To further complicate this situation, status was also at play in whether men were seen as having forced sex on women. Elite white men always “redefine[d] coercion into consent,” while poor white men or black men rarely had that option (p. 12). In other words, white men of influence and power theoretically could not rape. Since women were economically dependent on men, they were often forced to accept sexual advances even when they involved force. Early Americans depended on this social hierarchy to determine what was permissible and what was criminal. As one might imagine, white upper-class men, who were fathers, husbands, and masters, supposedly never participated in unwanted sexual advances. Block does a wonderful job in explaining how all patriarchs justified all sexual activity as consensual and certainly as their prerogative. In addition, white males had the responsibility to protect their wives and daughters from unwanted sexual encounters and to control sexual access as well. This certainly included advances made by black men and white men who did not meet the family’s economic or social standards.
In addition to elucidating the general conception of rape in early America, Block also addresses the difficult topic of the role of black men in sexual assaults. When determining whether a situation was rape or not, race was often the deciding factor. Block very clearly explains that when a white woman accused a black man of rape, the general consensus was that he did it. A white woman would never consent to a black man’s advances, the thinking went, so it had to be rape. Block points out that black-on-white rape was seen as a form of racial warfare. The common understanding was that black men were selecting white men’s women as a means of asserting their manhood. To further control slaves and ensure racial boundaries, laws were enacted forbidding interracial relationships. The print media of the day portrayed blacks as rapists and presented white men as evil seducers.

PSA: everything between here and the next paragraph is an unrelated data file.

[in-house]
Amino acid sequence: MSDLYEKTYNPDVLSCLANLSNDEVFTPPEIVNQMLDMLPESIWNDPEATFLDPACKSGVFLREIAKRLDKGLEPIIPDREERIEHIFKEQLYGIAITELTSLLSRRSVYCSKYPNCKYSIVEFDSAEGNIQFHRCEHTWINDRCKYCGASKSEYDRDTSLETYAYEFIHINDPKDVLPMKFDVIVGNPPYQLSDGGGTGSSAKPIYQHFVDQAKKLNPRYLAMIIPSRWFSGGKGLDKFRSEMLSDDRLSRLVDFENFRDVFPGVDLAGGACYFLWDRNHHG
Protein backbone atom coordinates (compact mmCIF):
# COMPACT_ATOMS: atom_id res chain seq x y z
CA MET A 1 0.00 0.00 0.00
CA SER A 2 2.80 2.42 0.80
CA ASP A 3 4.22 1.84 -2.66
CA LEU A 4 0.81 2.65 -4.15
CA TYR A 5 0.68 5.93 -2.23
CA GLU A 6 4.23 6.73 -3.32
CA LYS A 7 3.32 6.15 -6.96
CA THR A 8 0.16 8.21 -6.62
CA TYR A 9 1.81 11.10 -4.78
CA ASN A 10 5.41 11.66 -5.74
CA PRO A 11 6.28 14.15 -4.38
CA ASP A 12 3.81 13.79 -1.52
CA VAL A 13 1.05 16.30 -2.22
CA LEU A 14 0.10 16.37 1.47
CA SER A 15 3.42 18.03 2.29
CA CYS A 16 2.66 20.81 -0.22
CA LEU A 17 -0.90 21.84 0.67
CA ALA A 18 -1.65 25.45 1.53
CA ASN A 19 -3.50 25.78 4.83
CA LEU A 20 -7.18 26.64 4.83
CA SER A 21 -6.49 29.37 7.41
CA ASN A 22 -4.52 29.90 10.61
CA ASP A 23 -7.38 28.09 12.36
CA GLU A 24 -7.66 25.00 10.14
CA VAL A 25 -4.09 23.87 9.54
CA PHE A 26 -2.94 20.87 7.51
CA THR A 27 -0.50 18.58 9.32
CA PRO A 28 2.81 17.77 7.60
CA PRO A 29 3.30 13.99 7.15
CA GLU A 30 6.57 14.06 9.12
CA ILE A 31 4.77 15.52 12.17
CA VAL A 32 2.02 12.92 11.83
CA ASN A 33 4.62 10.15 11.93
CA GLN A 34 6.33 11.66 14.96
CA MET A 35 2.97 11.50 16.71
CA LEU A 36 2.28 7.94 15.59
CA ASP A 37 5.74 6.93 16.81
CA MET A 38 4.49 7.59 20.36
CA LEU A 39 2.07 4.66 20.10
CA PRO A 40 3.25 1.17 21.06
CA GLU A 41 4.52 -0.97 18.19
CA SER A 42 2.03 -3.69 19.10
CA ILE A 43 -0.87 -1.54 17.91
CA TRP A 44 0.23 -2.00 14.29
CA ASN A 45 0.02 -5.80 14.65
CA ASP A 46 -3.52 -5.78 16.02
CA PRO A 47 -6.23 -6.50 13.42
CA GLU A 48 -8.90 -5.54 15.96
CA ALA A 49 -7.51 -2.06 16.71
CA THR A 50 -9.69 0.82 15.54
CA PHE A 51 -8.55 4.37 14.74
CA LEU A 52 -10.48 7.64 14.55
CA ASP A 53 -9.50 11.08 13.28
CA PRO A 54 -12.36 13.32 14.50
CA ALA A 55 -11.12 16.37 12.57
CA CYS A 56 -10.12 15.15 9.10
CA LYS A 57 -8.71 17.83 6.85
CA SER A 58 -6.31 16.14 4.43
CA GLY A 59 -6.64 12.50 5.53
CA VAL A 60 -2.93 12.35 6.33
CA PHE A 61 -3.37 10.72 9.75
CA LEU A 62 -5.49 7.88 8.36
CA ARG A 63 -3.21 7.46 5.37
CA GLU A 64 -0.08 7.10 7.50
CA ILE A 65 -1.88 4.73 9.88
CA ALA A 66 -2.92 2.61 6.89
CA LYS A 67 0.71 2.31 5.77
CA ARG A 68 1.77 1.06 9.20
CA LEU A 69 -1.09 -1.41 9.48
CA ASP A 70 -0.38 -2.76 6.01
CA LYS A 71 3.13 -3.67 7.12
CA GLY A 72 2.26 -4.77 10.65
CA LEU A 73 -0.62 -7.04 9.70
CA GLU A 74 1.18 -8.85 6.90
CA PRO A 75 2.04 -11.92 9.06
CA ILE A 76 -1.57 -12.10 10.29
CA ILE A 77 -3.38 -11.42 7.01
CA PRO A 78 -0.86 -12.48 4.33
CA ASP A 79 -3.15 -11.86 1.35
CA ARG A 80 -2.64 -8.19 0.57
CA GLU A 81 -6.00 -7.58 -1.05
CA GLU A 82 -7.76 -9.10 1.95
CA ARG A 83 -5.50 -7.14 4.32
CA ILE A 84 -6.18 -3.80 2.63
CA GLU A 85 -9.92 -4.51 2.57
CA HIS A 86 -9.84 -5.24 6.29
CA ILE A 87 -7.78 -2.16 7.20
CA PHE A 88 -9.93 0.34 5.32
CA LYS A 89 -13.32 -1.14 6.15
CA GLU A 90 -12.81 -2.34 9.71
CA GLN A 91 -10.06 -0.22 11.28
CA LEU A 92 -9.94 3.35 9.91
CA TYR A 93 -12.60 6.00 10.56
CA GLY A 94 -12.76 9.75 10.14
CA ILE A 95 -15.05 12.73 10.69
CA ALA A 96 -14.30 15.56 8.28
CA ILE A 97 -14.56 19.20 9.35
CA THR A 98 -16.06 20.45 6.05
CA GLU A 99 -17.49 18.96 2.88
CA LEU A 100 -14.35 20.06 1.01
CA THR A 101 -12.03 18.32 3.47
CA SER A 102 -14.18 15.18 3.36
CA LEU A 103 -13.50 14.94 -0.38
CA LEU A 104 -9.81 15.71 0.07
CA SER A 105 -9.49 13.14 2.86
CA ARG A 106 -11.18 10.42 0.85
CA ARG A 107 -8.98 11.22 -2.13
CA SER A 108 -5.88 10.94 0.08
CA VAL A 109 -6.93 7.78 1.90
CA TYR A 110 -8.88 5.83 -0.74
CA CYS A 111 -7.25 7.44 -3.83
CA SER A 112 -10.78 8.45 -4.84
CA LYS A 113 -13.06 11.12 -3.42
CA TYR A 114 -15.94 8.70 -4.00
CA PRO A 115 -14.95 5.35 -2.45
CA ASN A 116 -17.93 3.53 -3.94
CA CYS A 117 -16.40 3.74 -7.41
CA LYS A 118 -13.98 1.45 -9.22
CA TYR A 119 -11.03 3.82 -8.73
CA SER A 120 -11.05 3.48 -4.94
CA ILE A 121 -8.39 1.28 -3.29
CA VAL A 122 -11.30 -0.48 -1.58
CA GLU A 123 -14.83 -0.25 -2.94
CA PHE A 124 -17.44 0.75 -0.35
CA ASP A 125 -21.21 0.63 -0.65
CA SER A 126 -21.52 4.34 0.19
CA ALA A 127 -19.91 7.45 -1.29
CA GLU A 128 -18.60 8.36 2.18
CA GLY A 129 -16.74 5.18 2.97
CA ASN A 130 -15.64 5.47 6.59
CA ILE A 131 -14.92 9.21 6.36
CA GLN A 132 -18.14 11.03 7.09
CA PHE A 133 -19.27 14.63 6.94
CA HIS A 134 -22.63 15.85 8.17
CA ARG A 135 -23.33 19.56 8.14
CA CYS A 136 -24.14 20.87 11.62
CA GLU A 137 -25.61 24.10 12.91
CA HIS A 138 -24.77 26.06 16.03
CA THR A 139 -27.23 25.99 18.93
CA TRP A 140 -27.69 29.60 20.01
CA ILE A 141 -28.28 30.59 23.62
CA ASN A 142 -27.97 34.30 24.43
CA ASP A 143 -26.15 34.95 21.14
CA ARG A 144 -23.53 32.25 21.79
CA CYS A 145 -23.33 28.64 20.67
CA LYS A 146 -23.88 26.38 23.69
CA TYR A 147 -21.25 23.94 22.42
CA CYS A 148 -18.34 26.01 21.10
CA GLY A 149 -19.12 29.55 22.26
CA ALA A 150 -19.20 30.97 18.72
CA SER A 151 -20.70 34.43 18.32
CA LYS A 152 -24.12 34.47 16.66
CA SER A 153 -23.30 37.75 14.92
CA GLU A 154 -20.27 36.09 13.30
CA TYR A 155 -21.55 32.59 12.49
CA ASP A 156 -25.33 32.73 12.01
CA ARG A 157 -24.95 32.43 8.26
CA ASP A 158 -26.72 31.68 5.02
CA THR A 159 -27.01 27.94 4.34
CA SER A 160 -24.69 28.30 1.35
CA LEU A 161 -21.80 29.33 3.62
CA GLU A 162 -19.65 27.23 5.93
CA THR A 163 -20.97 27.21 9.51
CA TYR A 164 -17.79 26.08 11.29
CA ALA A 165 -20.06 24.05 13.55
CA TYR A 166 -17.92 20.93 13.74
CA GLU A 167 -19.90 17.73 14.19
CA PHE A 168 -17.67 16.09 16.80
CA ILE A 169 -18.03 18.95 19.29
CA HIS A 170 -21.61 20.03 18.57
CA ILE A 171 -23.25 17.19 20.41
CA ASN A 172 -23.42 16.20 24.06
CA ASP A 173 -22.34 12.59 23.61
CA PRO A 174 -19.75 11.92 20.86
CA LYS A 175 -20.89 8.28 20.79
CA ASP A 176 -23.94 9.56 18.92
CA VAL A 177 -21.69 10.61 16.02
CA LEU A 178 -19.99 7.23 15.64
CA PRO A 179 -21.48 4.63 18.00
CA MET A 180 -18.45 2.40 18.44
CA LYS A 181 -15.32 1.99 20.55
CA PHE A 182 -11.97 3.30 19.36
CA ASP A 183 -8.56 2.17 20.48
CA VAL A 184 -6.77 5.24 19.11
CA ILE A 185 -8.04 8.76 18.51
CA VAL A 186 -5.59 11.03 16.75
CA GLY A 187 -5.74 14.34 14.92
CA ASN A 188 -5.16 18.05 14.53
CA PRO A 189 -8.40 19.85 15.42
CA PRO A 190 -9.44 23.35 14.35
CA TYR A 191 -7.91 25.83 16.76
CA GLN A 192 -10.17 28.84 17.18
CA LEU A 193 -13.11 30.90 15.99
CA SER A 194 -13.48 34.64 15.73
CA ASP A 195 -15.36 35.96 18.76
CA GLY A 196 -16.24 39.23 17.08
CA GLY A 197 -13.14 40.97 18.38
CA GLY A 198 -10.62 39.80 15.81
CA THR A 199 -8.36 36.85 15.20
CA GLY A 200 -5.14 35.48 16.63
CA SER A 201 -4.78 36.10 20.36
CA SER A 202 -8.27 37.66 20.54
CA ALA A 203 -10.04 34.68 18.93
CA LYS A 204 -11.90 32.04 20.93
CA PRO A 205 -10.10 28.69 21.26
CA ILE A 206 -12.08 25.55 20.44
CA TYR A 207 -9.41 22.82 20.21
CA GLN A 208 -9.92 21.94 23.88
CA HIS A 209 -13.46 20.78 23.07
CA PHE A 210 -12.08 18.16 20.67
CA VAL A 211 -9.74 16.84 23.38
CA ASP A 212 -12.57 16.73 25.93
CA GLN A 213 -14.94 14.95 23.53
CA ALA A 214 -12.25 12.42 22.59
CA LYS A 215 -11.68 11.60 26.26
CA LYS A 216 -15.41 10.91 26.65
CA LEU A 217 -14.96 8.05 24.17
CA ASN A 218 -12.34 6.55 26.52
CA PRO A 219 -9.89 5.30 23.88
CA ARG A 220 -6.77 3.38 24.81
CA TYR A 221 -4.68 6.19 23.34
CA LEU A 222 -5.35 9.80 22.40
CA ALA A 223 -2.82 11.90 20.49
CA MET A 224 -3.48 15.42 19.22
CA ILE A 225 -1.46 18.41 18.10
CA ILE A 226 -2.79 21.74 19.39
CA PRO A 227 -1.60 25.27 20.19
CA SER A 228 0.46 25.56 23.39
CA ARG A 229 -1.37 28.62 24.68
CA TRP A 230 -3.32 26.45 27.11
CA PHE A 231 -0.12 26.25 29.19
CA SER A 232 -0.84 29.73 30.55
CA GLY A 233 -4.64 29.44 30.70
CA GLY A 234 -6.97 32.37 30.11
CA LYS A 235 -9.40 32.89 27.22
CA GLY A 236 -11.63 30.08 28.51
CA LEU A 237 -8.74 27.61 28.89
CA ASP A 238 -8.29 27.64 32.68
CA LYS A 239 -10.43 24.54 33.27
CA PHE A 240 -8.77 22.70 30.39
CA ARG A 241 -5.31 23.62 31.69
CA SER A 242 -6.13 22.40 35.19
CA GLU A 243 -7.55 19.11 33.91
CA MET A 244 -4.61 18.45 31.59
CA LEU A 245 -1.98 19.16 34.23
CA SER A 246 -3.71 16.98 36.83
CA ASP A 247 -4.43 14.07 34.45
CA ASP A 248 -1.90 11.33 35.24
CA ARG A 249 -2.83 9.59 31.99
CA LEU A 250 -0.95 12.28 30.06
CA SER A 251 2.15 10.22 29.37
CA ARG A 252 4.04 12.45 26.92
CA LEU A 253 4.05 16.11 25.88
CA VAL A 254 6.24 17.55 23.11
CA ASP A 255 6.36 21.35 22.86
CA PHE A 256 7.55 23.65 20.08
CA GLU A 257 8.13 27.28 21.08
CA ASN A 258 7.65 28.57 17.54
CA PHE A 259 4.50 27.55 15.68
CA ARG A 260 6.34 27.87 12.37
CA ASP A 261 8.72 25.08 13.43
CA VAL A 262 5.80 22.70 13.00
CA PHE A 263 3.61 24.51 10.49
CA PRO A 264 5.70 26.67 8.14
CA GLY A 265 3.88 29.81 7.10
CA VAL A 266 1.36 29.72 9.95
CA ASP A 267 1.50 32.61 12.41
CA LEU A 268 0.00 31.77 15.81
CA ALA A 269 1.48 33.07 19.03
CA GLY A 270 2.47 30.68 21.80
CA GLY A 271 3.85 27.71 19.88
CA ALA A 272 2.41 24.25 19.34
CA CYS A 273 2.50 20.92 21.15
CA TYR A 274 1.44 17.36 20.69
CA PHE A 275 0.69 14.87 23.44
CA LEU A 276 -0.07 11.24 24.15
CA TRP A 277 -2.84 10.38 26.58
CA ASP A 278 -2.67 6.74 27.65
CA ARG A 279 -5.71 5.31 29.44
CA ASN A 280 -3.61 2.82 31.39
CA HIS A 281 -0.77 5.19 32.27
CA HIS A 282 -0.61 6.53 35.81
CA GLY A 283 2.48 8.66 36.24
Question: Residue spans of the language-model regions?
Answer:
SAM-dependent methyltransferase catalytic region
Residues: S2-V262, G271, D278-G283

Interestingly, Block demonstrates that the definition of rape did not change over the century, but she does provide evidence that black men were accused more and more, while white men were accused less often, as the century progressed. She refers to this as the “racialization of rape” (p. 4). Block further clarifies this point when she explores rape and black women. According to the common perception of the period, white women always resisted sexual advances, but black women were never allowed to resist; thus, white men could use black women as they desired. The early American definition of rape excluded black women. Block insists that this double standard was instrumental in creating racism in America.
This book has few, if any, weaknesses. Block uses both court records and the print media to explain ideas of rape in early America. She offers excellent examples to show the split between the actual event of rape and what was acknowledged as rape. She interprets this topic to further explain the creation of racism in America. It is easy to see how this book has quickly become the standard work on early American sexual violence and rape as well as a great source to use when studying the early American power struggle between men and women and between whites and blacks.
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Loyce Miles. Review of Block, Sharon, Rape and Sexual Power in Early America.